All of us have a quest — the search for happiness, or complete contentment. Some of us endeavour to take it to the next level — bliss, or ecstasy. While there is no precise definition for true happiness, philosophers define the true nature of ecstasy as deferment of all conscious awareness — from the unconscious to divine consciousness. This is not, however, absolute deferral, but just a momentary pause of the spontaneous mode, or action, of our inner will — one that drives us along. Such a state is loaded with all of our life’s experiences — from our innate and outward consciousness to the self, which is as unique as our signature. It is not that ecstasy is experienced at a certain time, or place — it can be savoured at any point of our voyage through life. It reaches the crescendo, almost at will, when we journey along the conscious, or less walked, path — while fully experiencing the divine consciousness that resides in us all.
Many of us believe that ecstasy is an incredible occurrence. It is not so, in reality, or in real time. When we traverse along the corridor of divinity, filling our being with conscious awareness, ecstasy becomes relatively less remarkable and more extended in the space-time continuum. It becomes a state of being, because we are better prepared to nurture, harmonise and sustain it. This, in other words, leads to the amalgamation of our senses with our conscious awareness — a state beyond mere worldly existence. The ‘catch’ is — if we allow our divine consciousness to recede over time, it will, inevitably, lead to a condition of physical demise, or what is called as the vegetative state. This is just the opposite of the blissful state that ecstatic mystics and yogis enter into, for long periods, while keeping the outside world in ‘suspended animation.’
The best part is — even when mystics are in a state of higher consciousness, their senses remain absolutely functional or wakeful during ecstasy. What may retreat into the background is the humdrum world of ordinary living and existence — a world without the ‘egoist’ self, or personal consciousness. That mystics have the ability to remain awake and perfectly functional too in the absence of consciousness is a known fact. That their corporal function is ‘normal’ is also passé. What exactly takes place between the beginning and end of such ecstatic states is their escalating capability of keeping their senses on ‘hold’ and yet not being affected by alterations in their perceptive faculties within the realm of their inner self-experience.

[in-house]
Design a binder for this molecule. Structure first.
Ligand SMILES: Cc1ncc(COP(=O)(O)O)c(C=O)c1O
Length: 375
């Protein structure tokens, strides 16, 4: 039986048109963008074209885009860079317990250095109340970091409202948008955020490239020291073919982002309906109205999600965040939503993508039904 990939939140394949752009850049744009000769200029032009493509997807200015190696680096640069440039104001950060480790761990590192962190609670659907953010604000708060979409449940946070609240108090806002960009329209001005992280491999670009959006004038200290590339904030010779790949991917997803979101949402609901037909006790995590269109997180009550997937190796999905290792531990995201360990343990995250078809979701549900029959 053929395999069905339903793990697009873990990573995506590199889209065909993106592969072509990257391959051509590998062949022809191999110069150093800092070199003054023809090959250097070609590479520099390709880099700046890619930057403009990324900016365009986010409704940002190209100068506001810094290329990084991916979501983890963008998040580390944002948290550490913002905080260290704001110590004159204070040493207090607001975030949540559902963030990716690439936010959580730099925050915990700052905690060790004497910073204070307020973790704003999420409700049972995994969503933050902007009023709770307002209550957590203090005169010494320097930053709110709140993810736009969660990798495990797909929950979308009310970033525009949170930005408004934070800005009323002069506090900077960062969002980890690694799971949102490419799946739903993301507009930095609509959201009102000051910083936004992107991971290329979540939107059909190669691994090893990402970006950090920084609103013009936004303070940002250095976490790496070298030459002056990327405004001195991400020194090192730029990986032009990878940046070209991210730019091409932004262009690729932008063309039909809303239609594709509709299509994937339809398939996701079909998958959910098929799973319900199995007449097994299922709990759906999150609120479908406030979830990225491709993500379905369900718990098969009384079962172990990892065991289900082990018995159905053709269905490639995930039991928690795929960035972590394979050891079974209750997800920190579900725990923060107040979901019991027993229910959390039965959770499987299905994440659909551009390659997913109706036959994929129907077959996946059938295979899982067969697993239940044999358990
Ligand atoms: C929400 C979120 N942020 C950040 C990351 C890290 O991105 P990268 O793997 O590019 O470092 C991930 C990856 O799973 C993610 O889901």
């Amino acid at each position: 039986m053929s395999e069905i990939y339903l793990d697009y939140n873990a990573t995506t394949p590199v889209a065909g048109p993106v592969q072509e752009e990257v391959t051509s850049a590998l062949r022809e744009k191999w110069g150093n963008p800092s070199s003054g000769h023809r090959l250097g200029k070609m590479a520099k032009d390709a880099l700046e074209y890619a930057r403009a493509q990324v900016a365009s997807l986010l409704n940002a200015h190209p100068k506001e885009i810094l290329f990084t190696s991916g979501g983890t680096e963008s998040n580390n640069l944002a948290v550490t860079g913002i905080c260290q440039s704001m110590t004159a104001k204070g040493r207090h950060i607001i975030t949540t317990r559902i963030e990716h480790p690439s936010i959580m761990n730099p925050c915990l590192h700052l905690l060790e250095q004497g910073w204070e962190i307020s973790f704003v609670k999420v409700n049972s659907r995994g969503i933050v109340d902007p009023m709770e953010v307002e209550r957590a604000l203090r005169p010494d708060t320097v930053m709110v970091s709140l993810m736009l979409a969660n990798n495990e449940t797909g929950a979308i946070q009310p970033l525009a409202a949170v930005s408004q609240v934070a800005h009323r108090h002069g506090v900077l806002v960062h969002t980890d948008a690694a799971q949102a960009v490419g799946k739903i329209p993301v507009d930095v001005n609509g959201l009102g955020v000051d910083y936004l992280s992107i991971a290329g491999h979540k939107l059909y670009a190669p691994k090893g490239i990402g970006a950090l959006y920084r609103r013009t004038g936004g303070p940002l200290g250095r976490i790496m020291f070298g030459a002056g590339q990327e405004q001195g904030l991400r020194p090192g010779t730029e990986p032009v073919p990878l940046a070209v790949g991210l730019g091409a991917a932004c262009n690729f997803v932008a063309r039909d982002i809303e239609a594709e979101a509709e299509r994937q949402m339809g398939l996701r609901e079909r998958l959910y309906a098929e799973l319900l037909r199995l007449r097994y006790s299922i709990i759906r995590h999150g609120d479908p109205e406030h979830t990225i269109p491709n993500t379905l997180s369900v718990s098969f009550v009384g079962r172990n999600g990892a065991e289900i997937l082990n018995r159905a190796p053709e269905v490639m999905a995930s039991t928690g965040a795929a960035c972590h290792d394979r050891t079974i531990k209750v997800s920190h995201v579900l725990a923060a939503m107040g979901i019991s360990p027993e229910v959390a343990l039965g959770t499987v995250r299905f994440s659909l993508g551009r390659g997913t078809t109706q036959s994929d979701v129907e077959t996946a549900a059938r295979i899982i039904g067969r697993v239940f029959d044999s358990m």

Not all of us can be mystics or yogis. There is something called true ecstasy — which all of us can bring about by our own focused efforts, while leading a life replete with good values and forbearance for others. The whole premise is related not so much to focused awareness, as much as our inner energies and feelings of our self-consciousness. You’d call this condition a state of ‘pure sensory perception’ — one that enables our senses to remain alert, purposeful and receptive to absorbing all experiences of ecstatic living like a sponge.
It, of course, takes more than a ‘pound’ of righteousness, or belief in the higher self, for us to appreciate the joy of living and not just existence. It also calls for preparation, without examination or grades. The more we aim at reaching such a plane of heightened conscious, the more we are able to keep our senses awake, while closing the gap between our ecstatic state and our ordinary, or day-to-day ‘mindful’ awareness. When this happens, true ecstasy keeps returning in the ‘present-moment’ — again and again.